L8 – Multi-tasking & driver distraction

Multitasking is something we have long been encouraged to do. However, it turns out that it is impossible with demanding tasks, like driving.

When we think that we are multi-tasking, we are actually switching back and forth between competing tasks. Our brains do this so fast that we are not conscious of it.

The problem with multitasking is that we are splitting our brain power between tasks. When the brain attends to two things – like driving and texting – we are giving less attention to each task and performing worse on both of them.

According to the book Brain Rules, multitasking means our “error rate goes up 50%, and it takes [longer] to do things.”

David Teater of the US National Safety Council talks about Distracted Driving

Not long ago, a young woman drove through a red light while distracted on her mobile phone. Her vehicle slammed into another vehicle crossing directly in front of her. The vehicle she hit was not the first or fourth. A police crash investigation determined she never touched her brakes and was travelling at 48mph (77kph) when she hit the other vehicle.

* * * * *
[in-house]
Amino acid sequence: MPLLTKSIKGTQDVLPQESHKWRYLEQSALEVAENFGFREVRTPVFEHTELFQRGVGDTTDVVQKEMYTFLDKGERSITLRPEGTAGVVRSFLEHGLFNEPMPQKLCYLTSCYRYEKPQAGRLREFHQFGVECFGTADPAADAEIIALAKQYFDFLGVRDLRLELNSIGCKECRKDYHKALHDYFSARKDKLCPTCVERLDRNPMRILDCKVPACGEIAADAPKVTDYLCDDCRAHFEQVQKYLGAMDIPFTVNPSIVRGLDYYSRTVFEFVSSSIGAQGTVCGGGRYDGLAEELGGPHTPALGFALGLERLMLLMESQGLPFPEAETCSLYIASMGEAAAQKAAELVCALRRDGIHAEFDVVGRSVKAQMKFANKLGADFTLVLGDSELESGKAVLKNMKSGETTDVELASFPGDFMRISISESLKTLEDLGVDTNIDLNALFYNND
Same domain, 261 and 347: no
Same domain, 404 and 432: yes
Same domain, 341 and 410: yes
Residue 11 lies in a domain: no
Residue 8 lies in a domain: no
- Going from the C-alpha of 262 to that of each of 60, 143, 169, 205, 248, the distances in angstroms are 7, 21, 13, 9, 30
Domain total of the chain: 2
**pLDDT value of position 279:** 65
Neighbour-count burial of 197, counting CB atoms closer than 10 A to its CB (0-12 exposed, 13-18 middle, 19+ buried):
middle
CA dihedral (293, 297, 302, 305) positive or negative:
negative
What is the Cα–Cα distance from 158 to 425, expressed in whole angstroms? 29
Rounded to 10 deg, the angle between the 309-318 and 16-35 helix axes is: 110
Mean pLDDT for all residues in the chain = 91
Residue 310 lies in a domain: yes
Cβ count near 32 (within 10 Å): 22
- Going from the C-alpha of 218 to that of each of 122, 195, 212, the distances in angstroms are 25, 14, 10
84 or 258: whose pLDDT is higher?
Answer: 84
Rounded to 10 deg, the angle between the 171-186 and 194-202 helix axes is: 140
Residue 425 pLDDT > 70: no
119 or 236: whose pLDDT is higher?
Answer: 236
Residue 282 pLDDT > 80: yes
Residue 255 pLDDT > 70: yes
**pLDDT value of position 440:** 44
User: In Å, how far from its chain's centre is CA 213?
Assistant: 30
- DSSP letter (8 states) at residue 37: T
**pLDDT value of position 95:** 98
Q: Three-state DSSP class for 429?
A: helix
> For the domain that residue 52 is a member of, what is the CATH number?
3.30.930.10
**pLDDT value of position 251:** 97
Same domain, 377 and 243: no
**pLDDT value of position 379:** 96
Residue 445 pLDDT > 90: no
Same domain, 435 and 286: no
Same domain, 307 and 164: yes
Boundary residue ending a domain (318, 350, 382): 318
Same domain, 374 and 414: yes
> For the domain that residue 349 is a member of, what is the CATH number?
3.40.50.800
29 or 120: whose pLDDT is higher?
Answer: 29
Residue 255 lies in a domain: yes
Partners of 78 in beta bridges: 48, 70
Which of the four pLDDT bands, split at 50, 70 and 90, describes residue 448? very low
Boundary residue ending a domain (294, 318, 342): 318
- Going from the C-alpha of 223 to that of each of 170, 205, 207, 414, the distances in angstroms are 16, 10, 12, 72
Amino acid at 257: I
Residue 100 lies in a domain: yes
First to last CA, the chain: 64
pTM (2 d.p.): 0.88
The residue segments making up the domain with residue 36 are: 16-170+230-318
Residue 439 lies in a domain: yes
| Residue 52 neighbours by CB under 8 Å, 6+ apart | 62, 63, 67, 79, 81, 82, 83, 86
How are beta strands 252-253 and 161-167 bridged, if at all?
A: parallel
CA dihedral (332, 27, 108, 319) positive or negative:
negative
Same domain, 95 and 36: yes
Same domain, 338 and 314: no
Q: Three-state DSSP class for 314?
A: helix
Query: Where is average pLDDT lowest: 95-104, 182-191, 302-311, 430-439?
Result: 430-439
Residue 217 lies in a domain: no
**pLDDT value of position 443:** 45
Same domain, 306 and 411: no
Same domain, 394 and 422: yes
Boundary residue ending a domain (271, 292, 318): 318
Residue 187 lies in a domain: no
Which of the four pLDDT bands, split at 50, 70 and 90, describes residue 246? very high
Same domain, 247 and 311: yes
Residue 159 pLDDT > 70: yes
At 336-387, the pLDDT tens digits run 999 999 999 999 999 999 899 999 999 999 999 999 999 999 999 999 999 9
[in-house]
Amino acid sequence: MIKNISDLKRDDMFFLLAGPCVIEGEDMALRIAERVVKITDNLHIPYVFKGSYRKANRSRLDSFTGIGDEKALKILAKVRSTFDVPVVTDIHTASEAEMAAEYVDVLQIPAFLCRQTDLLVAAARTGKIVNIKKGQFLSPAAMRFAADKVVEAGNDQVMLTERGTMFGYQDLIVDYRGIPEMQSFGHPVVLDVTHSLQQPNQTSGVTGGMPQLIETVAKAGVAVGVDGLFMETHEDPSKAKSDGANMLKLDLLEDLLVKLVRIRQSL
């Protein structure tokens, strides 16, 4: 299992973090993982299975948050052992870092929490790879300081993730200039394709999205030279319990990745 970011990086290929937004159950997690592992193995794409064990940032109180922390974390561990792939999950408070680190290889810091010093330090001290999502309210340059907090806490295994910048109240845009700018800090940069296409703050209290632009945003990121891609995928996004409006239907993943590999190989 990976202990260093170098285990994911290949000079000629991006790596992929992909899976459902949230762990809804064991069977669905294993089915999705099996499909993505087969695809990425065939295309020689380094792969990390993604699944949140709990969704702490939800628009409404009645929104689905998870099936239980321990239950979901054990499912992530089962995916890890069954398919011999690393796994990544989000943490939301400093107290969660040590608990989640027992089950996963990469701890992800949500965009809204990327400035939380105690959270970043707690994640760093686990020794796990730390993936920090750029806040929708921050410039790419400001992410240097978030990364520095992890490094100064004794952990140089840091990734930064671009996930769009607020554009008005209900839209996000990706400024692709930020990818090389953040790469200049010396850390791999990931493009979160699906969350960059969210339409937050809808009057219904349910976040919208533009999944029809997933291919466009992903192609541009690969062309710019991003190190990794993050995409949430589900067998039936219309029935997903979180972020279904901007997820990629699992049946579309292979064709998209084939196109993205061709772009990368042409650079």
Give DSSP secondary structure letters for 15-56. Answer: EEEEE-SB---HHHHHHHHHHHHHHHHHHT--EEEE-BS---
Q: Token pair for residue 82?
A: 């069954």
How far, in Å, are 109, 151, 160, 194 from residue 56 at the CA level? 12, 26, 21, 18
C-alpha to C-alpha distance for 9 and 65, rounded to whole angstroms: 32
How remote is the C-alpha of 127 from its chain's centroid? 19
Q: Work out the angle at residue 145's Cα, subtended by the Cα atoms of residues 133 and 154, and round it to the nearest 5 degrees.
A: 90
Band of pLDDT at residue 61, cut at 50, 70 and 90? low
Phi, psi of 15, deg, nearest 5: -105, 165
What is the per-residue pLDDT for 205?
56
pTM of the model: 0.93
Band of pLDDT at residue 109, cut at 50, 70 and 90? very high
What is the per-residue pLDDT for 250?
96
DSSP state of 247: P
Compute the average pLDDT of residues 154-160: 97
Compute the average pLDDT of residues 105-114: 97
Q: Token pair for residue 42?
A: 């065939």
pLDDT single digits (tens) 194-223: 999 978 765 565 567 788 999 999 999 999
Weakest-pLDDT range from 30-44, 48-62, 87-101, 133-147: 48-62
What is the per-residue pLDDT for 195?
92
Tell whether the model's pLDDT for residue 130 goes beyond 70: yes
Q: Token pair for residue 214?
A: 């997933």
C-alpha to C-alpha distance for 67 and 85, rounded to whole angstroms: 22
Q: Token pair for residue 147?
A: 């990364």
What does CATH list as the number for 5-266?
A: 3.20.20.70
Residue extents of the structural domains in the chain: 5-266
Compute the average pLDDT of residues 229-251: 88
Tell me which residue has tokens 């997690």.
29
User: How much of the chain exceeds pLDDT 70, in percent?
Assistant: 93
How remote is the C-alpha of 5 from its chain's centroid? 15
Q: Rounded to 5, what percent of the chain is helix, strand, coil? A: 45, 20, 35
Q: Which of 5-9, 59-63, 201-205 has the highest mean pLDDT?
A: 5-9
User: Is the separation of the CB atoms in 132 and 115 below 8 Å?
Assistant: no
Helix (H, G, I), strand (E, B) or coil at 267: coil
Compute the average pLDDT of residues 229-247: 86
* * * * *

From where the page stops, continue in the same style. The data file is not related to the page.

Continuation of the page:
The crash killed a 12-year-old boy.

Witnesses told investigators that the driver was not looking down. She was neither dialling the phone nor texting. She was observed looking straight out of the windscreen talking on her phone as she sped past four cars and a stationary school bus.

Why do you think she crashed?

Researchers called this crash a classic case of “inattention blindness”, which occurs when we are distracted in conversation. Drivers talking on the phone may look but they simply fail to see stuff. Estimates indicate that drivers using the phone fail to see up to 50% of what is occurring in the driving environment. Fifty percent!

Remember David Teater who was speaking in the video? It was Teater’s 12-year-old son, Joseph, who was killed by the distracted driver described above.

Our brainpower is limited. Imagine we have £10 worth of brainpower to invest in driving safely. If we choose to waste £5 engaged in a phone conversation, then we have just £5 left to invest in our safety and that of those around us.

One text or call would wreck it all for our family, friends and community.

Is it worth it?